Despite the fact that the Taliban are fighting for a uniquely nationalist objective – to rid Afghanistan of foreign troops and influence – a very conservative brand of Deobandi Islam now dominates their discourse and rhetoric. Sustained reference to jihad, sharia, mujahideen, martyrdom and to the pivotal ambition of creating an Islamic Emirate of Afghanistan, helps the Taliban emphasize religion as both a source of legitimacy and recruitment. This is crucial for Taliban recruitment, especially from within Afghanistan when it is incorporated with other more local stimuli, and exclusively regarding external sources. As a link to ‘religion,’ the Taliban project a close association with the conflict and insurgency in Iraq, and the situations in Palestine and Chechnya, as being within a ‘global war against Islam.’[44] This has arguably produced an increase in international recruitment and has also led to the adoption of sophisticated asymmetric weapons technologies from Iraq. References to the similarly controversial treatment of prisoners in Guantanamo Bay and Bagram Prison, as well as overt threats of attacks on U.S. and European soil have begun to re-mould the Taliban into a more al-Qaeda-like organization.

As an insurgent group, the Taliban strive to portray themselves as representing a well organized, nationalistic Afghan alternative to the incumbent Karzai government. Consequently, the Taliban exploit with appreciable ease, the growing public disillusionment with official systems of governance, which are often corrupt, self-interested and distant. Furthermore, the Taliban take advantage of rising unemployment, now at forty percent,[45] which arguably results from insufficient official governance. Although this state of affairs is purposely instigated and advanced by the Taliban, government ‘misrule,’ corruption and a consequent lack of legitimacy is emphasized by insurgency analysts, including David Galula, as being “the root cause”[46] of guerrilla recruitment and strategic success. As such, the Taliban can continue to represent themselves as a ‘cleansing force.’

Accordingly, local Taliban units assume control of district centres and gradually begin distribution of essential services and imposition of the law so as to appear the “legitimate central authority”[47] and to acquire the local population’s trust.[48] As “in civil wars and insurgencies, popular support tends to accrue to locally powerful actors” – the Taliban therefore gain local favor by offering “survival through certainty.”[49] As Kalyvas famously stresses, control of local systems and structures inherently shapes collaboration.[50] Insurgents can naturally spread their influence by means of coercion and control more easily than can counterinsurgents – the Taliban is no exception to this.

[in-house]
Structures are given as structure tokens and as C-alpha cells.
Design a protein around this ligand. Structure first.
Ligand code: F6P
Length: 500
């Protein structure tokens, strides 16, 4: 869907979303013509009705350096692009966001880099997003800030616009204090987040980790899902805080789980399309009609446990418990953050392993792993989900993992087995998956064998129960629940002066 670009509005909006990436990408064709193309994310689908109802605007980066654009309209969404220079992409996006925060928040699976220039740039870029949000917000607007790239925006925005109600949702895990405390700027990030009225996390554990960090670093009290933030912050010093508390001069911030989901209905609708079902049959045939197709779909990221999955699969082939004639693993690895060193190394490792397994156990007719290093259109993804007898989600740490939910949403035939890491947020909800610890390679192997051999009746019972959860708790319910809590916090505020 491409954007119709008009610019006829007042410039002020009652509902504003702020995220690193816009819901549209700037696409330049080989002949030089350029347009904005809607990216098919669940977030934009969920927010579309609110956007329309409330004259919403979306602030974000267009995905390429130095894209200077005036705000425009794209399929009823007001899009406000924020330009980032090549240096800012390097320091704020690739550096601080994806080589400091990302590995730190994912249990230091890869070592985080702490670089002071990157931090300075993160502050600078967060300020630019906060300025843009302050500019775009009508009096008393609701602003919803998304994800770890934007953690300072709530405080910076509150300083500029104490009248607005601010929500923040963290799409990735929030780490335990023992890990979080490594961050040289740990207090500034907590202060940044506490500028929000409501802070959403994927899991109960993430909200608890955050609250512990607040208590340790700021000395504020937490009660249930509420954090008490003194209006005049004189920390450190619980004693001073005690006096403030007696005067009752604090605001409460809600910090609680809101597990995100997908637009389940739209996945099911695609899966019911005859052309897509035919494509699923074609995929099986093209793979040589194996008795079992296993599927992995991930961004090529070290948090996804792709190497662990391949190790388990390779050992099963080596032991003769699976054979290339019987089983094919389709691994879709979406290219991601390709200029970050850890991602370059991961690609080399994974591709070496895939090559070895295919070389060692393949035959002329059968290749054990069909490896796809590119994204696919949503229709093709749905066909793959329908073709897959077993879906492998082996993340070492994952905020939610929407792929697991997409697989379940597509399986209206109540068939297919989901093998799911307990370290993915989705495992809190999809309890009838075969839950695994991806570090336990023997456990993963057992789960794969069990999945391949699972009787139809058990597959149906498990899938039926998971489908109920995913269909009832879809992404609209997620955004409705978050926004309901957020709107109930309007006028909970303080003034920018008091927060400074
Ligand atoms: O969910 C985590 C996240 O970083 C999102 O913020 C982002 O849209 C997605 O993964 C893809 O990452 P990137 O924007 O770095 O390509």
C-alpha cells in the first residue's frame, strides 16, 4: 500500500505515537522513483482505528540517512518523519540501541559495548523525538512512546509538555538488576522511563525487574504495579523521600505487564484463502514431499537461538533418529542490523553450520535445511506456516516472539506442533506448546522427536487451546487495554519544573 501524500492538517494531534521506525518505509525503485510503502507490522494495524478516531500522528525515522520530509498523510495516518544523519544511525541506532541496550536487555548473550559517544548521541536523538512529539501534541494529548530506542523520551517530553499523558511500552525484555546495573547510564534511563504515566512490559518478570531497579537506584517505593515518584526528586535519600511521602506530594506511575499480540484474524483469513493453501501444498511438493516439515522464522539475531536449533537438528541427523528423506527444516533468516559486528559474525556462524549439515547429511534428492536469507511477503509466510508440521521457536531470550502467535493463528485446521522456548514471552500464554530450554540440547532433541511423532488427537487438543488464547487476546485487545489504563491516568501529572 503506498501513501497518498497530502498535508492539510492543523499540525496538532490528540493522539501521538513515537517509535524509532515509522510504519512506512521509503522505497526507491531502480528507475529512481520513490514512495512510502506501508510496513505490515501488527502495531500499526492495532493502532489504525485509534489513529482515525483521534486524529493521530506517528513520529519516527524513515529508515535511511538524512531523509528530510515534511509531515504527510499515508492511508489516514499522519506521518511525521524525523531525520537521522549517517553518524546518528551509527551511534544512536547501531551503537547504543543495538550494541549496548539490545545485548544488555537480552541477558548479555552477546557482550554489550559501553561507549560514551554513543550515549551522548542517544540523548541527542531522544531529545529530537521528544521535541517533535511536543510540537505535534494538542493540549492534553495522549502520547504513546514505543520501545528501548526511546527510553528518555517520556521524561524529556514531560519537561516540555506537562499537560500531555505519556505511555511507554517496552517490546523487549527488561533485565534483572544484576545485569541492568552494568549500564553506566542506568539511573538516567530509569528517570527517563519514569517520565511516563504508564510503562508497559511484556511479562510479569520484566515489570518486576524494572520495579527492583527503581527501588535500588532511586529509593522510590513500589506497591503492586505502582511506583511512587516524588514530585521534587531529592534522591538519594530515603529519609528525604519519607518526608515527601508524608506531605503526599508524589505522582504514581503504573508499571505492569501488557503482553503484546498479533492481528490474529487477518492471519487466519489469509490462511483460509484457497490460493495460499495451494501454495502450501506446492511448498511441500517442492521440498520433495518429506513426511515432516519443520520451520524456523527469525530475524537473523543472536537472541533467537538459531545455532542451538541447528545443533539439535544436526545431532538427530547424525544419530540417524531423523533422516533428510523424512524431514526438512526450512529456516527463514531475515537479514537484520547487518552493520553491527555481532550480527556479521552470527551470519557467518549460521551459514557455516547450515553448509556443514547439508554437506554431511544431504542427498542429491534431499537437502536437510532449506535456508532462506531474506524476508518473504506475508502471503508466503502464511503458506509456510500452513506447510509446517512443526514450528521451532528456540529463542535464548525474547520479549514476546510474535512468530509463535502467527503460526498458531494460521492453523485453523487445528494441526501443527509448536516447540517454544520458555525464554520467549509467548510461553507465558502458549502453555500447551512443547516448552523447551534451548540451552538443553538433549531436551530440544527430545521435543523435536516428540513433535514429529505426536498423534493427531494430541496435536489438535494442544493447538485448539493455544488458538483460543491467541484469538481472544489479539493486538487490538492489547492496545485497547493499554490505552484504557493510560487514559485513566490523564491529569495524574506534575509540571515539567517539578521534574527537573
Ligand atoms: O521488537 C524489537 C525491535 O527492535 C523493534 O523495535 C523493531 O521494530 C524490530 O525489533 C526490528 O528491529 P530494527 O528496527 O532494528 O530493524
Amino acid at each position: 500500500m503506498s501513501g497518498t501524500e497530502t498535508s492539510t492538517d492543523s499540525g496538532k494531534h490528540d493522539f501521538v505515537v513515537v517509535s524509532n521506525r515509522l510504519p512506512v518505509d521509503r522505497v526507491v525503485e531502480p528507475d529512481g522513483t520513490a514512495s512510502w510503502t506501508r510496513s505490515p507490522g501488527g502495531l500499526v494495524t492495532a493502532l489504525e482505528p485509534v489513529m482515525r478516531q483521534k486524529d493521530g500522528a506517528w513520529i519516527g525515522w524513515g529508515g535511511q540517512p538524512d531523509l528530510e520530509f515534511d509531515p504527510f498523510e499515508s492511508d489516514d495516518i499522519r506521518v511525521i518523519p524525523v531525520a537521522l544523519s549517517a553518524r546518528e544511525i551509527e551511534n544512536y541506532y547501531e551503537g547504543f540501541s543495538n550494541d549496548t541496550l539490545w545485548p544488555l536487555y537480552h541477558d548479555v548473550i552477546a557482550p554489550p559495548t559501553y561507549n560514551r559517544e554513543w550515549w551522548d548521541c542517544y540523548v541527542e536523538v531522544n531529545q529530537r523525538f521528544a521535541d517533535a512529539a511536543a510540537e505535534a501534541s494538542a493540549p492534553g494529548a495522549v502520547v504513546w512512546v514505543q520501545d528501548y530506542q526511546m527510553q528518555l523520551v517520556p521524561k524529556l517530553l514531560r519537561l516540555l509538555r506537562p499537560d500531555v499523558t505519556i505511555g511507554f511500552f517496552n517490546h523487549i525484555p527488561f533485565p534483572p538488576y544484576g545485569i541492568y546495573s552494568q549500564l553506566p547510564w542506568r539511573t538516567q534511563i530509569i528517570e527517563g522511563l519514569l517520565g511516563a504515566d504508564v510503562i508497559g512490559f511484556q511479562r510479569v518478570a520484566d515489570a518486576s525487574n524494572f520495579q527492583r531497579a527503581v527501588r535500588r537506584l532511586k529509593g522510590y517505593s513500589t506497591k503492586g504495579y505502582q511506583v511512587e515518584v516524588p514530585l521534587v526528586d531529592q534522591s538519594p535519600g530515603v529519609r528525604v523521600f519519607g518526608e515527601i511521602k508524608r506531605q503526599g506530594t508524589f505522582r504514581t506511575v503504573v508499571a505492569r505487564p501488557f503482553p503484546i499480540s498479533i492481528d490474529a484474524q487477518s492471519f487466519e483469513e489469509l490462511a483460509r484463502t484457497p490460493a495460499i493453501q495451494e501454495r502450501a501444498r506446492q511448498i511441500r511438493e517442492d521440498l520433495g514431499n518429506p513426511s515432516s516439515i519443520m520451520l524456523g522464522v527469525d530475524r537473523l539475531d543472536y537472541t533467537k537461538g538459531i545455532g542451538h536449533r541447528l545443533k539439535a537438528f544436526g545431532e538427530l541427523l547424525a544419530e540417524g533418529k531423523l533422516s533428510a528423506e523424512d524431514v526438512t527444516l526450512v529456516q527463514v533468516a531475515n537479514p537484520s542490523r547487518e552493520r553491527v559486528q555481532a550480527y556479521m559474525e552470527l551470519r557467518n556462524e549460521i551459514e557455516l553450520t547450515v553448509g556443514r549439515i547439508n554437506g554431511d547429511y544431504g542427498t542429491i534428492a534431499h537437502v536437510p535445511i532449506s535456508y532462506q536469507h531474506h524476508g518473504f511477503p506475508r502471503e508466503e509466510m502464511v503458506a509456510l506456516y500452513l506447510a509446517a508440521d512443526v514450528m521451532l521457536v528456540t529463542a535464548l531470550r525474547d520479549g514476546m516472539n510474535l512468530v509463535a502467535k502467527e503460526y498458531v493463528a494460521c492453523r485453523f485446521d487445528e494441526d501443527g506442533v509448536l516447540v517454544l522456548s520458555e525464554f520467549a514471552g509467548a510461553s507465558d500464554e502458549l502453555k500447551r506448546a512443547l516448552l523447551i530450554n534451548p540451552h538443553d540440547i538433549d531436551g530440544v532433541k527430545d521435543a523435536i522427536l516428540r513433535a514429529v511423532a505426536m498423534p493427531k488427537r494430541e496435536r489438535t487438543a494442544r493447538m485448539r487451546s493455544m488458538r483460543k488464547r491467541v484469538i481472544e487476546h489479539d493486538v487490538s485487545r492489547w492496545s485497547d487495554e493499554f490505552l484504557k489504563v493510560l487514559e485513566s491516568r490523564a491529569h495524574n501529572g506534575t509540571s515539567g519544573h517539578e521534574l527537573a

Propaganda & Information Operations

Since 2006 the Taliban have operated along a five-line information strategy – (I) Our party the Taliban, (II) Our people and nation, the Pashtun, (III) Our economy, the poppy, (IV) Our constitution, the Sharia, and (V) Our form of government, the emirate[51] – that targets four principle audiences: (i) direct Taliban supporters, (ii) the undecided populous, (iii) the U.S.-led coalition decision-makers, and (iv) transnational extremists.[52] Projecting such a broad-based informational ideology is a clear attempt to appeal to multiple identities and allegiances. As Mao acknowledged, “the richest source of power to wage war lies in the masses of the people”[53] and their connection with “the cause”[54] – the Taliban’s wide-scoped appeal base reveals their appreciation of this fundamental strategic objective. Moreover, the Taliban operate an increasingly “sophisticated communications apparatus”[55] that “routinely outperforms the coalition in the contest to dominate public perceptions.”[56] Such an efficient propaganda and information operations system that is closely coordinated with armed attacks and campaigns, acts to ‘strategically spoil’[57] COIN efforts as well as to present a well-organized image of an insurgent movement that offers a viable alternative to the current government.